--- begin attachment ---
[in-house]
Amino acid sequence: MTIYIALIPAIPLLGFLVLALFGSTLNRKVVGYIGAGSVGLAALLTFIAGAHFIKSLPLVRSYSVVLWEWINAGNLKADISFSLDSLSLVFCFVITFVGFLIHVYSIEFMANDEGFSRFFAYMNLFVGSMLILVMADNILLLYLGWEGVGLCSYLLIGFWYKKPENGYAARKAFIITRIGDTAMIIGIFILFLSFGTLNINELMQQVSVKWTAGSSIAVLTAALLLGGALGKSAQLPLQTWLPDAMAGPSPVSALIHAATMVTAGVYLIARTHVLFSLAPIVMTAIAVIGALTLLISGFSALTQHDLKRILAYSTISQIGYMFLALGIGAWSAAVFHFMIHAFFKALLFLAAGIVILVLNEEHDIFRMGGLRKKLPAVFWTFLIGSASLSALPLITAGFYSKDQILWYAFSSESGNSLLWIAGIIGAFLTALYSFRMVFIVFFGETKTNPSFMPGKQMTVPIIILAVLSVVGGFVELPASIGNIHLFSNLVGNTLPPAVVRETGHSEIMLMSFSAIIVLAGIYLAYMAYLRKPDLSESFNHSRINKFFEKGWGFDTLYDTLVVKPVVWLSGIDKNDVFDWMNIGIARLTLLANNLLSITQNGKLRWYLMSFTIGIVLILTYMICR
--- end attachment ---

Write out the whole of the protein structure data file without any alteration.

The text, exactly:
[in-house]
Amino acid sequence: MTIYIALIPAIPLLGFLVLALFGSTLNRKVVGYIGAGSVGLAALLTFIAGAHFIKSLPLVRSYSVVLWEWINAGNLKADISFSLDSLSLVFCFVITFVGFLIHVYSIEFMANDEGFSRFFAYMNLFVGSMLILVMADNILLLYLGWEGVGLCSYLLIGFWYKKPENGYAARKAFIITRIGDTAMIIGIFILFLSFGTLNINELMQQVSVKWTAGSSIAVLTAALLLGGALGKSAQLPLQTWLPDAMAGPSPVSALIHAATMVTAGVYLIARTHVLFSLAPIVMTAIAVIGALTLLISGFSALTQHDLKRILAYSTISQIGYMFLALGIGAWSAAVFHFMIHAFFKALLFLAAGIVILVLNEEHDIFRMGGLRKKLPAVFWTFLIGSASLSALPLITAGFYSKDQILWYAFSSESGNSLLWIAGIIGAFLTALYSFRMVFIVFFGETKTNPSFMPGKQMTVPIIILAVLSVVGGFVELPASIGNIHLFSNLVGNTLPPAVVRETGHSEIMLMSFSAIIVLAGIYLAYMAYLRKPDLSESFNHSRINKFFEKGWGFDTLYDTLVVKPVVWLSGIDKNDVFDWMNIGIARLTLLANNLLSITQNGKLRWYLMSFTIGIVLILTYMICR